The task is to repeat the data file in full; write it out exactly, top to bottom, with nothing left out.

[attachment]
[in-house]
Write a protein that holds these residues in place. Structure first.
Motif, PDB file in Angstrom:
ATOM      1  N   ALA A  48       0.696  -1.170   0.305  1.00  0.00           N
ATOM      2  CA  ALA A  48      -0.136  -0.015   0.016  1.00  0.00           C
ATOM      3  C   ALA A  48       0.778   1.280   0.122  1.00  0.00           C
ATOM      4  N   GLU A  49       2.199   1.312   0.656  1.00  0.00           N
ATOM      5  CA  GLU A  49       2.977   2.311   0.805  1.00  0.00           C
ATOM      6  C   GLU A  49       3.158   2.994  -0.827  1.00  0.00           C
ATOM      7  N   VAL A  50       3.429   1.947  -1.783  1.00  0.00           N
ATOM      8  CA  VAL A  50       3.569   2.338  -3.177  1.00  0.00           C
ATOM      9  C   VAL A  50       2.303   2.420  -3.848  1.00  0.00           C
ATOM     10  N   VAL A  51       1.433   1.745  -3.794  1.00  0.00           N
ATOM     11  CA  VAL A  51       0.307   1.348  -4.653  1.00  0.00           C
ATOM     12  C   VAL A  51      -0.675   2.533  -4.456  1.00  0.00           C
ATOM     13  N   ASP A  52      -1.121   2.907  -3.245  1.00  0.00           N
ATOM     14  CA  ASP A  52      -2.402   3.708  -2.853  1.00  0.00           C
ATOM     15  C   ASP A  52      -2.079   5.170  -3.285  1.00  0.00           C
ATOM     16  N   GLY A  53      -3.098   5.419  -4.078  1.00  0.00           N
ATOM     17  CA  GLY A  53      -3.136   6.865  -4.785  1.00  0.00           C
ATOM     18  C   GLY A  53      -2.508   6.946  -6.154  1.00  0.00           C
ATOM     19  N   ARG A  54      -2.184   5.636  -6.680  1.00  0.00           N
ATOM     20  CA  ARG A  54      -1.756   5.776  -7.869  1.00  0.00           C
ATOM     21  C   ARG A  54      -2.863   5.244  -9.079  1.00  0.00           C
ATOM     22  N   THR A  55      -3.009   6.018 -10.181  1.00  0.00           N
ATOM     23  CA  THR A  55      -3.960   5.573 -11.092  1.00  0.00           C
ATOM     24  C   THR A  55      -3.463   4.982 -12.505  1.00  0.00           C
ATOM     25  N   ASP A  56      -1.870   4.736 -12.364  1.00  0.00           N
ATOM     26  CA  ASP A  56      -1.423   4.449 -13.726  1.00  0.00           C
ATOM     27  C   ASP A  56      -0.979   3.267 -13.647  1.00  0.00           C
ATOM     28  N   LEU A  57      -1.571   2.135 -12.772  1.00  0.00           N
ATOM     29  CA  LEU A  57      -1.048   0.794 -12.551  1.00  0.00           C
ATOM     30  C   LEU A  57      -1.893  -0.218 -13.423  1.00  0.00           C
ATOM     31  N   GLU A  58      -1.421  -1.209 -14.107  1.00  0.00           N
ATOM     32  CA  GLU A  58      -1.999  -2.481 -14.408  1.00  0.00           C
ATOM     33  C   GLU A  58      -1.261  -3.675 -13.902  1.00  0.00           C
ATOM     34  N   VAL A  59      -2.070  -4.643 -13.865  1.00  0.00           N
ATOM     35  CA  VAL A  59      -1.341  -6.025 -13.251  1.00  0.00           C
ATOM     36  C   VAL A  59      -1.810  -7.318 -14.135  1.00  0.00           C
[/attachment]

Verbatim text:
[in-house]
Write a protein that holds these residues in place. Structure first.
Motif, PDB file in Angstrom:
ATOM      1  N   ALA A  48       0.696  -1.170   0.305  1.00  0.00           N
ATOM      2  CA  ALA A  48      -0.136  -0.015   0.016  1.00  0.00           C
ATOM      3  C   ALA A  48       0.778   1.280   0.122  1.00  0.00           C
ATOM      4  N   GLU A  49       2.199   1.312   0.656  1.00  0.00           N
ATOM      5  CA  GLU A  49       2.977   2.311   0.805  1.00  0.00           C
ATOM      6  C   GLU A  49       3.158   2.994  -0.827  1.00  0.00           C
ATOM      7  N   VAL A  50       3.429   1.947  -1.783  1.00  0.00           N
ATOM      8  CA  VAL A  50       3.569   2.338  -3.177  1.00  0.00           C
ATOM      9  C   VAL A  50       2.303   2.420  -3.848  1.00  0.00           C
ATOM     10  N   VAL A  51       1.433   1.745  -3.794  1.00  0.00           N
ATOM     11  CA  VAL A  51       0.307   1.348  -4.653  1.00  0.00           C
ATOM     12  C   VAL A  51      -0.675   2.533  -4.456  1.00  0.00           C
ATOM     13  N   ASP A  52      -1.121   2.907  -3.245  1.00  0.00           N
ATOM     14  CA  ASP A  52      -2.402   3.708  -2.853  1.00  0.00           C
ATOM     15  C   ASP A  52      -2.079   5.170  -3.285  1.00  0.00           C
ATOM     16  N   GLY A  53      -3.098   5.419  -4.078  1.00  0.00           N
ATOM     17  CA  GLY A  53      -3.136   6.865  -4.785  1.00  0.00           C
ATOM     18  C   GLY A  53      -2.508   6.946  -6.154  1.00  0.00           C
ATOM     19  N   ARG A  54      -2.184   5.636  -6.680  1.00  0.00           N
ATOM     20  CA  ARG A  54      -1.756   5.776  -7.869  1.00  0.00           C
ATOM     21  C   ARG A  54      -2.863   5.244  -9.079  1.00  0.00           C
ATOM     22  N   THR A  55      -3.009   6.018 -10.181  1.00  0.00           N
ATOM     23  CA  THR A  55      -3.960   5.573 -11.092  1.00  0.00           C
ATOM     24  C   THR A  55      -3.463   4.982 -12.505  1.00  0.00           C
ATOM     25  N   ASP A  56      -1.870   4.736 -12.364  1.00  0.00           N
ATOM     26  CA  ASP A  56      -1.423   4.449 -13.726  1.00  0.00           C
ATOM     27  C   ASP A  56      -0.979   3.267 -13.647  1.00  0.00           C
ATOM     28  N   LEU A  57      -1.571   2.135 -12.772  1.00  0.00           N
ATOM     29  CA  LEU A  57      -1.048   0.794 -12.551  1.00  0.00           C
ATOM     30  C   LEU A  57      -1.893  -0.218 -13.423  1.00  0.00           C
ATOM     31  N   GLU A  58      -1.421  -1.209 -14.107  1.00  0.00           N
ATOM     32  CA  GLU A  58      -1.999  -2.481 -14.408  1.00  0.00           C
ATOM     33  C   GLU A  58      -1.261  -3.675 -13.902  1.00  0.00           C
ATOM     34  N   VAL A  59      -2.070  -4.643 -13.865  1.00  0.00           N
ATOM     35  CA  VAL A  59      -1.341  -6.025 -13.251  1.00  0.00           C
ATOM     36  C   VAL A  59      -1.810  -7.318 -14.135  1.00  0.00           C